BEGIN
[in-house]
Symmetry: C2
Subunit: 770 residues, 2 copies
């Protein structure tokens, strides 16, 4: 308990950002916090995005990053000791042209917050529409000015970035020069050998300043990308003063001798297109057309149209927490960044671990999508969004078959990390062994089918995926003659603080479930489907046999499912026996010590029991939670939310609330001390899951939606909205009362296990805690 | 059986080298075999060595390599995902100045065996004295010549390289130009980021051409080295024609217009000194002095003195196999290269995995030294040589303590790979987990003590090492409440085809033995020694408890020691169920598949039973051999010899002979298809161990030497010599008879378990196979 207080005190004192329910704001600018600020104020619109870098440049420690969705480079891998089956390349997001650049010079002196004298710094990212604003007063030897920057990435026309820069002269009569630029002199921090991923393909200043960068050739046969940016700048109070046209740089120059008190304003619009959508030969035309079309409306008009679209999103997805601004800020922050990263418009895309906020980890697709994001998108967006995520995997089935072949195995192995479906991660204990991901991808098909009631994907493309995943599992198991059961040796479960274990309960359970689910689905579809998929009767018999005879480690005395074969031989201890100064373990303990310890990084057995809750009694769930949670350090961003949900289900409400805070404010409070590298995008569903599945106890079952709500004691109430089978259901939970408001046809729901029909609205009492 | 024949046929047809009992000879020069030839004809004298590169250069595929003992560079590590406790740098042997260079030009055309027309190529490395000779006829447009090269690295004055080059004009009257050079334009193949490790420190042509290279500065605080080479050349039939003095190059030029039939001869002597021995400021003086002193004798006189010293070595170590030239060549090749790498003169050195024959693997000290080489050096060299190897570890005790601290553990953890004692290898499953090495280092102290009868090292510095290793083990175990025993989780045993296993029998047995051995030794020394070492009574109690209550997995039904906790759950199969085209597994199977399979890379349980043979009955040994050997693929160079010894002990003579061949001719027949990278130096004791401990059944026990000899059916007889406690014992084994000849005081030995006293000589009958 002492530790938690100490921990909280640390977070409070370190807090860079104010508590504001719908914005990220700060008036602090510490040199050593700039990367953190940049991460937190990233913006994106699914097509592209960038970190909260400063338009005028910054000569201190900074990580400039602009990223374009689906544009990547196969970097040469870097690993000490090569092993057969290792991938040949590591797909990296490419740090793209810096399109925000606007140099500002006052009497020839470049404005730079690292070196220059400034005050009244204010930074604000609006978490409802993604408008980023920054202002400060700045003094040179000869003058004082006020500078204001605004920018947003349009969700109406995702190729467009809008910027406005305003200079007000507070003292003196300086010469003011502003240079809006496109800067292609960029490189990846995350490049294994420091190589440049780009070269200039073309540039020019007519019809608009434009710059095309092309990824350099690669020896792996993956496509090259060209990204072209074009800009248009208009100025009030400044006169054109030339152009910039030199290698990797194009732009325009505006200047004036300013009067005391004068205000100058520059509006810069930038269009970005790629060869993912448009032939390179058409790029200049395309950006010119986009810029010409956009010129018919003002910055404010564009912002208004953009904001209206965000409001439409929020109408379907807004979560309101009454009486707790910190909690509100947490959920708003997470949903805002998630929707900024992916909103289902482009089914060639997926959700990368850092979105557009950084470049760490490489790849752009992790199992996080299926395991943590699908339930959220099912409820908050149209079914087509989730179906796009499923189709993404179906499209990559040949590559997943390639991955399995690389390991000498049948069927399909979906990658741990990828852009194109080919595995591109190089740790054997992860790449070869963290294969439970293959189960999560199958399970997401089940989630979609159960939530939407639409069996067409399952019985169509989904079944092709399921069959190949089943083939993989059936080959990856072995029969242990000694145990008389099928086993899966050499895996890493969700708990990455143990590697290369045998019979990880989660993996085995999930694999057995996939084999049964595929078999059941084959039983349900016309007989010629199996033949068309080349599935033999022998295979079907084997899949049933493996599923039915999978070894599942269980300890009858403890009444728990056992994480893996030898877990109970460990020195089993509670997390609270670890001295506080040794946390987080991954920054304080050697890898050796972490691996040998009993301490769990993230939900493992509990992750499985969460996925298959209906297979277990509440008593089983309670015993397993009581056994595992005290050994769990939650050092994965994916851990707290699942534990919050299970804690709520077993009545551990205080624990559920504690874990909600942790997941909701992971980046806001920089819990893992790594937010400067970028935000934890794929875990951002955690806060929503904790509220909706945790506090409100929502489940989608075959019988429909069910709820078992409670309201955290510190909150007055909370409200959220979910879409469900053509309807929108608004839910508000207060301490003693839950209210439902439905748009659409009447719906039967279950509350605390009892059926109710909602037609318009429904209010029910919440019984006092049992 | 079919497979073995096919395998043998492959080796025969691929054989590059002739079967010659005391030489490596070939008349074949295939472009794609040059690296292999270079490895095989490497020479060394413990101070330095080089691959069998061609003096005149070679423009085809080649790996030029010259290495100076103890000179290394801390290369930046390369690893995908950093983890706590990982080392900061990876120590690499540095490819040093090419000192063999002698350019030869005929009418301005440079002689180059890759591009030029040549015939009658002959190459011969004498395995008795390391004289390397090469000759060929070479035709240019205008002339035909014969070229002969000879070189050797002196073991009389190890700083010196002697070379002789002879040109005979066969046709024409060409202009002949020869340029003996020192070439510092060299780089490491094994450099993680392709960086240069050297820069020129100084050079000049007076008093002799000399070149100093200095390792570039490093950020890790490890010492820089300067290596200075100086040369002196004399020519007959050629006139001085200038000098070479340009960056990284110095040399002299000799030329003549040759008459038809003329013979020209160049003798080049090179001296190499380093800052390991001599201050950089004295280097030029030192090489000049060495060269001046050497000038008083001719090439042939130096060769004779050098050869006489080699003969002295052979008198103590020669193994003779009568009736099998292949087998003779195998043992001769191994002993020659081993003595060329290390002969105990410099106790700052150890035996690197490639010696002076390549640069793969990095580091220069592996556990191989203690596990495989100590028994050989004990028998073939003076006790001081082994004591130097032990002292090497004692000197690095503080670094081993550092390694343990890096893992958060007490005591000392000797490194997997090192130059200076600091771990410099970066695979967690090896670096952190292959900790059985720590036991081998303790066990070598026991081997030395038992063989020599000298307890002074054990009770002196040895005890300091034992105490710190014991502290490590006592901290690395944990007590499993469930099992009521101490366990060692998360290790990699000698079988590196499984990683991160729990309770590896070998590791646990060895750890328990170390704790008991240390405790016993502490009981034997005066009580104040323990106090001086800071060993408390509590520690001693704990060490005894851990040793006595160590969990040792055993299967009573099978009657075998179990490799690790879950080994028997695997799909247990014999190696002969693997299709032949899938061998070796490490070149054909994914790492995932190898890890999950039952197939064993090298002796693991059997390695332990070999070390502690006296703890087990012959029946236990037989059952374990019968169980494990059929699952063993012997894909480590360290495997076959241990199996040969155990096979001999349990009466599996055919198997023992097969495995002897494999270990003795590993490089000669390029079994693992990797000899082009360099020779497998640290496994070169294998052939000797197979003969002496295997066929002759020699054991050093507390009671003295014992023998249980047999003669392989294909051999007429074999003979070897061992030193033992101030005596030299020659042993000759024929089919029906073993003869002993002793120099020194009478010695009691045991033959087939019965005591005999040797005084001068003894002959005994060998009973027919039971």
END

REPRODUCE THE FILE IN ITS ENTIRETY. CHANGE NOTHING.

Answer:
[in-house]
Symmetry: C2
Subunit: 770 residues, 2 copies
């Protein structure tokens, strides 16, 4: 308990950002916090995005990053000791042209917050529409000015970035020069050998300043990308003063001798297109057309149209927490960044671990999508969004078959990390062994089918995926003659603080479930489907046999499912026996010590029991939670939310609330001390899951939606909205009362296990805690 | 059986080298075999060595390599995902100045065996004295010549390289130009980021051409080295024609217009000194002095003195196999290269995995030294040589303590790979987990003590090492409440085809033995020694408890020691169920598949039973051999010899002979298809161990030497010599008879378990196979 207080005190004192329910704001600018600020104020619109870098440049420690969705480079891998089956390349997001650049010079002196004298710094990212604003007063030897920057990435026309820069002269009569630029002199921090991923393909200043960068050739046969940016700048109070046209740089120059008190304003619009959508030969035309079309409306008009679209999103997805601004800020922050990263418009895309906020980890697709994001998108967006995520995997089935072949195995192995479906991660204990991901991808098909009631994907493309995943599992198991059961040796479960274990309960359970689910689905579809998929009767018999005879480690005395074969031989201890100064373990303990310890990084057995809750009694769930949670350090961003949900289900409400805070404010409070590298995008569903599945106890079952709500004691109430089978259901939970408001046809729901029909609205009492 | 024949046929047809009992000879020069030839004809004298590169250069595929003992560079590590406790740098042997260079030009055309027309190529490395000779006829447009090269690295004055080059004009009257050079334009193949490790420190042509290279500065605080080479050349039939003095190059030029039939001869002597021995400021003086002193004798006189010293070595170590030239060549090749790498003169050195024959693997000290080489050096060299190897570890005790601290553990953890004692290898499953090495280092102290009868090292510095290793083990175990025993989780045993296993029998047995051995030794020394070492009574109690209550997995039904906790759950199969085209597994199977399979890379349980043979009955040994050997693929160079010894002990003579061949001719027949990278130096004791401990059944026990000899059916007889406690014992084994000849005081030995006293000589009958 002492530790938690100490921990909280640390977070409070370190807090860079104010508590504001719908914005990220700060008036602090510490040199050593700039990367953190940049991460937190990233913006994106699914097509592209960038970190909260400063338009005028910054000569201190900074990580400039602009990223374009689906544009990547196969970097040469870097690993000490090569092993057969290792991938040949590591797909990296490419740090793209810096399109925000606007140099500002006052009497020839470049404005730079690292070196220059400034005050009244204010930074604000609006978490409802993604408008980023920054202002400060700045003094040179000869003058004082006020500078204001605004920018947003349009969700109406995702190729467009809008910027406005305003200079007000507070003292003196300086010469003011502003240079809006496109800067292609960029490189990846995350490049294994420091190589440049780009070269200039073309540039020019007519019809608009434009710059095309092309990824350099690669020896792996993956496509090259060209990204072209074009800009248009208009100025009030400044006169054109030339152009910039030199290698990797194009732009325009505006200047004036300013009067005391004068205000100058520059509006810069930038269009970005790629060869993912448009032939390179058409790029200049395309950006010119986009810029010409956009010129018919003002910055404010564009912002208004953009904001209206965000409001439409929020109408379907807004979560309101009454009486707790910190909690509100947490959920708003997470949903805002998630929707900024992916909103289902482009089914060639997926959700990368850092979105557009950084470049760490490489790849752009992790199992996080299926395991943590699908339930959220099912409820908050149209079914087509989730179906796009499923189709993404179906499209990559040949590559997943390639991955399995690389390991000498049948069927399909979906990658741990990828852009194109080919595995591109190089740790054997992860790449070869963290294969439970293959189960999560199958399970997401089940989630979609159960939530939407639409069996067409399952019985169509989904079944092709399921069959190949089943083939993989059936080959990856072995029969242990000694145990008389099928086993899966050499895996890493969700708990990455143990590697290369045998019979990880989660993996085995999930694999057995996939084999049964595929078999059941084959039983349900016309007989010629199996033949068309080349599935033999022998295979079907084997899949049933493996599923039915999978070894599942269980300890009858403890009444728990056992994480893996030898877990109970460990020195089993509670997390609270670890001295506080040794946390987080991954920054304080050697890898050796972490691996040998009993301490769990993230939900493992509990992750499985969460996925298959209906297979277990509440008593089983309670015993397993009581056994595992005290050994769990939650050092994965994916851990707290699942534990919050299970804690709520077993009545551990205080624990559920504690874990909600942790997941909701992971980046806001920089819990893992790594937010400067970028935000934890794929875990951002955690806060929503904790509220909706945790506090409100929502489940989608075959019988429909069910709820078992409670309201955290510190909150007055909370409200959220979910879409469900053509309807929108608004839910508000207060301490003693839950209210439902439905748009659409009447719906039967279950509350605390009892059926109710909602037609318009429904209010029910919440019984006092049992 | 079919497979073995096919395998043998492959080796025969691929054989590059002739079967010659005391030489490596070939008349074949295939472009794609040059690296292999270079490895095989490497020479060394413990101070330095080089691959069998061609003096005149070679423009085809080649790996030029010259290495100076103890000179290394801390290369930046390369690893995908950093983890706590990982080392900061990876120590690499540095490819040093090419000192063999002698350019030869005929009418301005440079002689180059890759591009030029040549015939009658002959190459011969004498395995008795390391004289390397090469000759060929070479035709240019205008002339035909014969070229002969000879070189050797002196073991009389190890700083010196002697070379002789002879040109005979066969046709024409060409202009002949020869340029003996020192070439510092060299780089490491094994450099993680392709960086240069050297820069020129100084050079000049007076008093002799000399070149100093200095390792570039490093950020890790490890010492820089300067290596200075100086040369002196004399020519007959050629006139001085200038000098070479340009960056990284110095040399002299000799030329003549040759008459038809003329013979020209160049003798080049090179001296190499380093800052390991001599201050950089004295280097030029030192090489000049060495060269001046050497000038008083001719090439042939130096060769004779050098050869006489080699003969002295052979008198103590020669193994003779009568009736099998292949087998003779195998043992001769191994002993020659081993003595060329290390002969105990410099106790700052150890035996690197490639010696002076390549640069793969990095580091220069592996556990191989203690596990495989100590028994050989004990028998073939003076006790001081082994004591130097032990002292090497004692000197690095503080670094081993550092390694343990890096893992958060007490005591000392000797490194997997090192130059200076600091771990410099970066695979967690090896670096952190292959900790059985720590036991081998303790066990070598026991081997030395038992063989020599000298307890002074054990009770002196040895005890300091034992105490710190014991502290490590006592901290690395944990007590499993469930099992009521101490366990060692998360290790990699000698079988590196499984990683991160729990309770590896070998590791646990060895750890328990170390704790008991240390405790016993502490009981034997005066009580104040323990106090001086800071060993408390509590520690001693704990060490005894851990040793006595160590969990040792055993299967009573099978009657075998179990490799690790879950080994028997695997799909247990014999190696002969693997299709032949899938061998070796490490070149054909994914790492995932190898890890999950039952197939064993090298002796693991059997390695332990070999070390502690006296703890087990012959029946236990037989059952374990019968169980494990059929699952063993012997894909480590360290495997076959241990199996040969155990096979001999349990009466599996055919198997023992097969495995002897494999270990003795590993490089000669390029079994693992990797000899082009360099020779497998640290496994070169294998052939000797197979003969002496295997066929002759020699054991050093507390009671003295014992023998249980047999003669392989294909051999007429074999003979070897061992030193033992101030005596030299020659042993000759024929089919029906073993003869002993002793120099020194009478010695009691045991033959087939019965005591005999040797005084001068003894002959005994060998009973027919039971």